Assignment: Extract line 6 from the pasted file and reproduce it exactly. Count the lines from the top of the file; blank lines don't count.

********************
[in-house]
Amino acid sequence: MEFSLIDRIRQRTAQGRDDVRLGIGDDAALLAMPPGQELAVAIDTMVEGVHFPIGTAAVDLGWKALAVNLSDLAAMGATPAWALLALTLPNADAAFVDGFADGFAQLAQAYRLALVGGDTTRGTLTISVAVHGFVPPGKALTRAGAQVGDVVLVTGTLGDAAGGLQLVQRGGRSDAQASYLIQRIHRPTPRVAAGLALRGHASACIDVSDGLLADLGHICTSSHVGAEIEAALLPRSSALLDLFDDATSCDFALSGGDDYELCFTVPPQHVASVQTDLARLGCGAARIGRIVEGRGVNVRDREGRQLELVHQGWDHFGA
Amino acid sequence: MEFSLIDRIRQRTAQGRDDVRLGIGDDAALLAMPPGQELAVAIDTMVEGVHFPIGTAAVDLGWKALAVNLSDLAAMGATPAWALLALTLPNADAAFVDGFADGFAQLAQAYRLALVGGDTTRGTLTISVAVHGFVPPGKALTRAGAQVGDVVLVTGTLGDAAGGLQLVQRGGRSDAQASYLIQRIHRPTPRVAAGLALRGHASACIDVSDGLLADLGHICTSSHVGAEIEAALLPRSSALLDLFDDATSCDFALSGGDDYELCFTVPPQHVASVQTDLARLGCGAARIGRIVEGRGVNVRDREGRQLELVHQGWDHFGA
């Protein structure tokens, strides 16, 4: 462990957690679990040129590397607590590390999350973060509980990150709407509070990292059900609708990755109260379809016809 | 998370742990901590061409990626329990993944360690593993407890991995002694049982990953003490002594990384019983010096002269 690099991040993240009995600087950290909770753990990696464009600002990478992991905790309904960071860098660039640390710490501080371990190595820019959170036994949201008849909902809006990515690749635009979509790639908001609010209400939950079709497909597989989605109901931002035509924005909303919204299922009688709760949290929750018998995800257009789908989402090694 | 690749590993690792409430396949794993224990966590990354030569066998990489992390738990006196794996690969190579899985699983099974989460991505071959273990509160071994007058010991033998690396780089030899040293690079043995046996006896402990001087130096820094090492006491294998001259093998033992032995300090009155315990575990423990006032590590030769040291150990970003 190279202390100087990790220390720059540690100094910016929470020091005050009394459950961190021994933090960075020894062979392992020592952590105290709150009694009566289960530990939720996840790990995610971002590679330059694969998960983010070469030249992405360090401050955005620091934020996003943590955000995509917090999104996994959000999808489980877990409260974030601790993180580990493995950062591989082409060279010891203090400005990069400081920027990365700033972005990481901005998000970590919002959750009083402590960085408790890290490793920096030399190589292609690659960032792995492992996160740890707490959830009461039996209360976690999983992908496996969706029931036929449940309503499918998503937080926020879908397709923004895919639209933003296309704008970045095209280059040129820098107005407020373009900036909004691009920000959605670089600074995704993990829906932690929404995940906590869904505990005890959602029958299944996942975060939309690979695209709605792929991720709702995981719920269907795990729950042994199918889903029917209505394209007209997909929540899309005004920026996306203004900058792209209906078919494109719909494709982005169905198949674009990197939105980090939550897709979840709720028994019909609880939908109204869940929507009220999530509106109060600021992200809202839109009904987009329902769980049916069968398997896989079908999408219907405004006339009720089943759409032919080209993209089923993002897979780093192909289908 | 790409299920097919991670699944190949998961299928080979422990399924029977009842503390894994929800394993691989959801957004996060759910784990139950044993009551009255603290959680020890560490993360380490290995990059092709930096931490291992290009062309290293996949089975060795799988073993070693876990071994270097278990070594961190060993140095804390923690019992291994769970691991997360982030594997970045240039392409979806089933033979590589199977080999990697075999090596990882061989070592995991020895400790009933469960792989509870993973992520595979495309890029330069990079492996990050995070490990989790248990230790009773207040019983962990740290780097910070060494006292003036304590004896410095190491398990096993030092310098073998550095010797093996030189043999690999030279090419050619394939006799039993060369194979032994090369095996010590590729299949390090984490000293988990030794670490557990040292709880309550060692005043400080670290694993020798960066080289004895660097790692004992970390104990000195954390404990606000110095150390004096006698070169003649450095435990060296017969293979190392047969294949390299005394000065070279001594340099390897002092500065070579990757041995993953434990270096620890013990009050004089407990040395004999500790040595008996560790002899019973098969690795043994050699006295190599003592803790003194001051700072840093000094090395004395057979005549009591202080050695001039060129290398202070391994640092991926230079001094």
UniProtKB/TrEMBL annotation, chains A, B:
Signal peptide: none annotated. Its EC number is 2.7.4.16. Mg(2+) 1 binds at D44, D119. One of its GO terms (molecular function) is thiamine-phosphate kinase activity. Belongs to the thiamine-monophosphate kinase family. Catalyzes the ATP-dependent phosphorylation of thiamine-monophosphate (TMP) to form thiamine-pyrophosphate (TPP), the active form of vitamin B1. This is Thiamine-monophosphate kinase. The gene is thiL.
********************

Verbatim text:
Signal peptide: none annotated. Its EC number is 2.7.4.16. Mg(2+) 1 binds at D44, D119. One of its GO terms (molecular function) is thiamine-phosphate kinase activity. Belongs to the thiamine-monophosphate kinase family. Catalyzes the ATP-dependent phosphorylation of thiamine-monophosphate (TMP) to form thiamine-pyrophosphate (TPP), the active form of vitamin B1. This is Thiamine-monophosphate kinase. The gene is thiL.